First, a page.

The k-center problem is a canonical and long-studied facility location and clustering problem with many applications in both its symmetric and asymmetric forms. Both versions of the problem have tight approximation factors on worst case instances: a 2-approximation for symmetric k-center and a log*n-approximation for the asymmetric version. Therefore to improve on these ratios, one must go beyond the worst case. In this talk, I will describe strong positive results in this direction, showing how a natural input stability (promise) condition called perturbation resilience, which states that the optimal solution does not change under any alpha-factor perturbation to the input distances, can be leveraged to provide substantially stronger results.

We show that by merely assuming 3-perturbation resilience, the exact solution for the asymmetric k-center problem can be found in polynomial time. For the case of symmetric k-center, we give an efficient algorithm to cluster 2-perturbation resilient instances, and we show this result is tight by showing (2-epsilon)-perturbation resilience is hard unless NP=RP.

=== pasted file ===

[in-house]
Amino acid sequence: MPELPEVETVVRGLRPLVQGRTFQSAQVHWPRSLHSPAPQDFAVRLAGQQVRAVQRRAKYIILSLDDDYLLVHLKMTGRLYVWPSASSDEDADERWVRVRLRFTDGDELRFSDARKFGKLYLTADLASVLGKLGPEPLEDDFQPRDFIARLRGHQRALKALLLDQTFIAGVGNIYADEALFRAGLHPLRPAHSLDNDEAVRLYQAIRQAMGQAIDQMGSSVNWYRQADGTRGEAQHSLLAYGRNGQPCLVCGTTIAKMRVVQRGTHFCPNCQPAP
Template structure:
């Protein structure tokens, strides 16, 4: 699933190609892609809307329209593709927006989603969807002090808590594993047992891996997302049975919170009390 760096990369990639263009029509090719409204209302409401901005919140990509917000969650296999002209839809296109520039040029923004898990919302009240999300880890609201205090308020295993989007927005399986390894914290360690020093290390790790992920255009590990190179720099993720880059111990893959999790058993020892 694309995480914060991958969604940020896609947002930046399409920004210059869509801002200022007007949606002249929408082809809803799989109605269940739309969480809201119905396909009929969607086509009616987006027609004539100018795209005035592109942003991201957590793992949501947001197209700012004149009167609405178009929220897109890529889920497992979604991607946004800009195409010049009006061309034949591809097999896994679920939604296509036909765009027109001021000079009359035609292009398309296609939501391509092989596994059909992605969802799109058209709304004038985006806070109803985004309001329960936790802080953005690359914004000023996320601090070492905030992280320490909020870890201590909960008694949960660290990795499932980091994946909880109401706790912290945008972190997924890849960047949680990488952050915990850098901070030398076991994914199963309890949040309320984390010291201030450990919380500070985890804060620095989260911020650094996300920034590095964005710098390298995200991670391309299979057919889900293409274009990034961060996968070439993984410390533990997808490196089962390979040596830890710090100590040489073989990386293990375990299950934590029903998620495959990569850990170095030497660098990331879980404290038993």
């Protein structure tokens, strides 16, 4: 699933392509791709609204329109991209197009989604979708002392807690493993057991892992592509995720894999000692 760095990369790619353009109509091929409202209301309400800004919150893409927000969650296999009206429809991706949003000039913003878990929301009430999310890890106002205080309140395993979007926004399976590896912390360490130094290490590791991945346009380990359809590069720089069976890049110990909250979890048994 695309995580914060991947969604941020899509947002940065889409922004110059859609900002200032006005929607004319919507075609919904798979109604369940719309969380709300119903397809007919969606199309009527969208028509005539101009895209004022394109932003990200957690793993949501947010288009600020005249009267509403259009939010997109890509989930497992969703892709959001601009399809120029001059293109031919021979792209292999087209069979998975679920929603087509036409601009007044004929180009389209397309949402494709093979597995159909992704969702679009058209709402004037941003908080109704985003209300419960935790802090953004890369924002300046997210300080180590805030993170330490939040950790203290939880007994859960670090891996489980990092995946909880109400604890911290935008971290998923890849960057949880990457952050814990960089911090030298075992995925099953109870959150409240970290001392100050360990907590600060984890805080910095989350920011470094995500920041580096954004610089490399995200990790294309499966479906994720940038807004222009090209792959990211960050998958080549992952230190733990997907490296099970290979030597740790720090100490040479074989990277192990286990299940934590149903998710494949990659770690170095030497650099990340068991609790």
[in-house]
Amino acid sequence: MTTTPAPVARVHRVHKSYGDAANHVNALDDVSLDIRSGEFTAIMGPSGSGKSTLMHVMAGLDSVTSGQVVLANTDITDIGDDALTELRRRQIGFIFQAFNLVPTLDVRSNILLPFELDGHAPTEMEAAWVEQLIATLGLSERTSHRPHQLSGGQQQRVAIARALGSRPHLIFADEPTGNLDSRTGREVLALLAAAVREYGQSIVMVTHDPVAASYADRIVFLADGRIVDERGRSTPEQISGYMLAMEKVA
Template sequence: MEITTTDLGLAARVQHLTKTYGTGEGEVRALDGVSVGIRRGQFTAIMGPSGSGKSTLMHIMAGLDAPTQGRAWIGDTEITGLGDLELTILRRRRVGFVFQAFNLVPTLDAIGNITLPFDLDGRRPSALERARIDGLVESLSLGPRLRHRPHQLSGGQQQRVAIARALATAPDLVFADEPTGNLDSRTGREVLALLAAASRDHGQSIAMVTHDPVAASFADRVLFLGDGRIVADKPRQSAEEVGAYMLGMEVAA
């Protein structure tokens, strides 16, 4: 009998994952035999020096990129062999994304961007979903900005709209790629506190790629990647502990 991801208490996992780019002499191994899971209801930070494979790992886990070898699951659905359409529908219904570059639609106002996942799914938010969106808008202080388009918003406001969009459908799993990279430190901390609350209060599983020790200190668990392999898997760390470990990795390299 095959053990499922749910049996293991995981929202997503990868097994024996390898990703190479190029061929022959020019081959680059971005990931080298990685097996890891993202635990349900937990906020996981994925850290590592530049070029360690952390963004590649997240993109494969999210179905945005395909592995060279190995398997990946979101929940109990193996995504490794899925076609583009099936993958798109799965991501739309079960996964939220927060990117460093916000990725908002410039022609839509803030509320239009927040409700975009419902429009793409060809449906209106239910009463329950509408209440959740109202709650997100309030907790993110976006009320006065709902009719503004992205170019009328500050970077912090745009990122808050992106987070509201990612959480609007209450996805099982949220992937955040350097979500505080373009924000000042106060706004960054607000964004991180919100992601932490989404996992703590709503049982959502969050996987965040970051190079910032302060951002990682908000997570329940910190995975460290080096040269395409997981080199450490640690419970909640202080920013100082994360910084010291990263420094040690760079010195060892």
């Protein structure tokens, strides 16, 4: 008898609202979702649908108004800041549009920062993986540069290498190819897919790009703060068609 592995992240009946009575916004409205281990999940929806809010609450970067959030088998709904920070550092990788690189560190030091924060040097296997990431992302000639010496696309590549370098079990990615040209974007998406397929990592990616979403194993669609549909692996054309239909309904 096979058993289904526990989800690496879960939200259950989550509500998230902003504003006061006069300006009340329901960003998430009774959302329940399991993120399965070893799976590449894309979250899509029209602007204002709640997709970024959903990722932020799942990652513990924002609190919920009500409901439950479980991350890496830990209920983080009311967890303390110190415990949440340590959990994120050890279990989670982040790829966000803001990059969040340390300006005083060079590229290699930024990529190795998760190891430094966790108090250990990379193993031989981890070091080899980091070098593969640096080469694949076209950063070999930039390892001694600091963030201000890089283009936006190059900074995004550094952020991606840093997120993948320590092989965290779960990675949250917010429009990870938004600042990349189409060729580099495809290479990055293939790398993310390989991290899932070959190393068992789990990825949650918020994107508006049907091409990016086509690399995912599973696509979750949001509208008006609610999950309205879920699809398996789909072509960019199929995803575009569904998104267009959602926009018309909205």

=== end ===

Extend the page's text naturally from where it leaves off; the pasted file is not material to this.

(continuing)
Our results illustrate a surprising relation between symmetric and asymmetric k-center instances under these stability conditions. Unlike approximation ratio, for which symmetric k-center is easily solved to a factor of 2 but asymmetric k-center cannot be approximated to any constant factor, both symmetric and asymmetric k-center can be solved optimally under resilience to small constant-factor perturbations.

This is joint work with Nina Balcan and Nika Haghtalab.
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